A couple months back I posted on the humorous book A Random Walk in Science. One of the better contributions contained therein is a reprint of The Uses of Fallacy by Paul V. Dunmore, New Zealand Mathematics Magazine, 7, 15 (1970). In the article Dunmore explains some of the better fallacies employed by creative teachers. Here is an excerpt:
There is a whole class of methods which can be applied when a lecturer can get from his premises P to a statement A, and from another statement B to the desired conclusion C, but he cannot bridge the gap from A to B. A number of techniques are available to the aggressive lecturer in this emergency. He can write down A, and without any hesitation put "therefore B". If the theorem is dull enough, it is unlikely that anyone will question the "therefore". This is the method of Proof by Omission, and is remarkably easy to get away with (sorry, "remarkably easy to apply with success").
Alternatively, there is the Proof by Misdirection, where some statement that looks rather like "A, therefore B" is proved. A good bet is to prove the converse "B, therefore A": this will always satisfy a first-year class. The Proof by Misdirection has a countably infinite analog, if the lecturer is not pressed for time, in the method of Proof by Convergent Irrelevancies.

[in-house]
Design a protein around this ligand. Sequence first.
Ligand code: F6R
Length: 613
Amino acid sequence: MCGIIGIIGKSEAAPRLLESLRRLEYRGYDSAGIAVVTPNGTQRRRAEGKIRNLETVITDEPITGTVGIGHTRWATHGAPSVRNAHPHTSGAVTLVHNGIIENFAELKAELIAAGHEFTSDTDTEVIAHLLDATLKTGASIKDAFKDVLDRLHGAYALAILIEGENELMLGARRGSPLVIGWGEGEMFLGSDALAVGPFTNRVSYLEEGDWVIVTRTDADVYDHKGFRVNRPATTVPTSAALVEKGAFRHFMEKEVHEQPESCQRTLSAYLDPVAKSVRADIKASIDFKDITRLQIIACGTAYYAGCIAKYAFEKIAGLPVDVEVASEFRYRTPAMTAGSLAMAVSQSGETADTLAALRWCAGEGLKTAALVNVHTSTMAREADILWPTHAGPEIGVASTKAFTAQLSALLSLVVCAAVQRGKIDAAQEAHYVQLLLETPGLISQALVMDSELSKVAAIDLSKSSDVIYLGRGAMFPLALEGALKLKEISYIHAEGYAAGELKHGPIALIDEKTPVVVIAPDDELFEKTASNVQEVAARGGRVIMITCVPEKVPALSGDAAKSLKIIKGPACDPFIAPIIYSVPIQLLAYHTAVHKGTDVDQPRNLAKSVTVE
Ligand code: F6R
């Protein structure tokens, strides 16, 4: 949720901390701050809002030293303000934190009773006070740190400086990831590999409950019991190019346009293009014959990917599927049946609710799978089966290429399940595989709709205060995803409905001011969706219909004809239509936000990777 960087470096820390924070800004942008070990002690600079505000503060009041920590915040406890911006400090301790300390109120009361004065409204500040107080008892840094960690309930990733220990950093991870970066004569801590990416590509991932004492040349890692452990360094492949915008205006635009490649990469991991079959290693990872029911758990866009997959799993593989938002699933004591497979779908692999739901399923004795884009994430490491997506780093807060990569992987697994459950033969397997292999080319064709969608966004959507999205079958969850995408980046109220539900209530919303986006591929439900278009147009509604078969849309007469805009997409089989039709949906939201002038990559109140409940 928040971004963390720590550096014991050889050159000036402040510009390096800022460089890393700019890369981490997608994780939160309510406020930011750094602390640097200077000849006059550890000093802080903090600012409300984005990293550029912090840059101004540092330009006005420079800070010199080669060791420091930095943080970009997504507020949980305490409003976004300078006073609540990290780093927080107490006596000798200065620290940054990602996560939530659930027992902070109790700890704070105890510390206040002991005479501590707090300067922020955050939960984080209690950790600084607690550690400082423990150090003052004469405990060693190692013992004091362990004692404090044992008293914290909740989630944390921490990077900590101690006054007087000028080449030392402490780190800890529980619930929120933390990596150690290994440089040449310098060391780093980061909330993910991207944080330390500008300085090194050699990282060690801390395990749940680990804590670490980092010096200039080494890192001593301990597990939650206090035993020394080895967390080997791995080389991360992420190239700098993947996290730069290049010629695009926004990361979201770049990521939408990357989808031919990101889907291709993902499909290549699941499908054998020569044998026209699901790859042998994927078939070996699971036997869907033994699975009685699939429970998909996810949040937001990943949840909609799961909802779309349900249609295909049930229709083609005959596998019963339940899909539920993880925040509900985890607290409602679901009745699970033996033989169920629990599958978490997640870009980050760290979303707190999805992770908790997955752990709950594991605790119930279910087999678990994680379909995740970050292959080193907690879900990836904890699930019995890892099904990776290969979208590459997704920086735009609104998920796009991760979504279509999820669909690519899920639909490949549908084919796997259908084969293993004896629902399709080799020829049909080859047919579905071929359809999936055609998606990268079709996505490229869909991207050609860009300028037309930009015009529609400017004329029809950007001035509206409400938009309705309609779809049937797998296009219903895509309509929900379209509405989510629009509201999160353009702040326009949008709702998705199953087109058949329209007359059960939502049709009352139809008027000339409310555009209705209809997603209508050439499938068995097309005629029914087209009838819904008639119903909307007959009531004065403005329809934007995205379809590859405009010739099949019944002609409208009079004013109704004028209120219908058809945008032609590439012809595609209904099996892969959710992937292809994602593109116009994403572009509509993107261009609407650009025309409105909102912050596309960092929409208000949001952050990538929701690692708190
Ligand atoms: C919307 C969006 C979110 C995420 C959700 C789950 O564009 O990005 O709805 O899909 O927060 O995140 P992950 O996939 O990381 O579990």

Proof by Definition can sometimes be used: the lecturer defines a set S of whatever entities he is considering for which B is true, and announces that in future he will be concerned only with members of S. Even an Honours class will probably take this at face value, without enquiring whether the set S might not be empty.
Proof by Assertion is unanswerable. If some vague waffle about why B is true does not satisfy the class, the lecturer simply says, "This point should be intuitively obvious. I've explained it as clearly as I can. If you still cannot see it, you will just have to think very carefully about it yourselves, and then you will see how trivial and obvious it is."
The hallmark of a Proof by Admission of Ignorance is the statement, "None of the text-books makes this point clear. The result is certainly true, but I don't know why. We shall just have to accept it as it stands." This otherwise satisfactory method has the potential disadvantage that somebody in the class may know why the result is true (or, worse, know why it is false) and be prepared to say so.
A Proof by Non-Existent Reference will silence all but the most determined troublemaker. "You will find a proof of this given in Copson on page 445", which is in the middle of the index. An important variant of this technique can be used by lecturers in pairs. Dr. Jones assumes a result which Professor Smith will be proving later in the year--but Professor Smith, finding himself short of time, omits that theorem, since the class has already done it with Dr Jones...
The entire article is available here. Great stuff.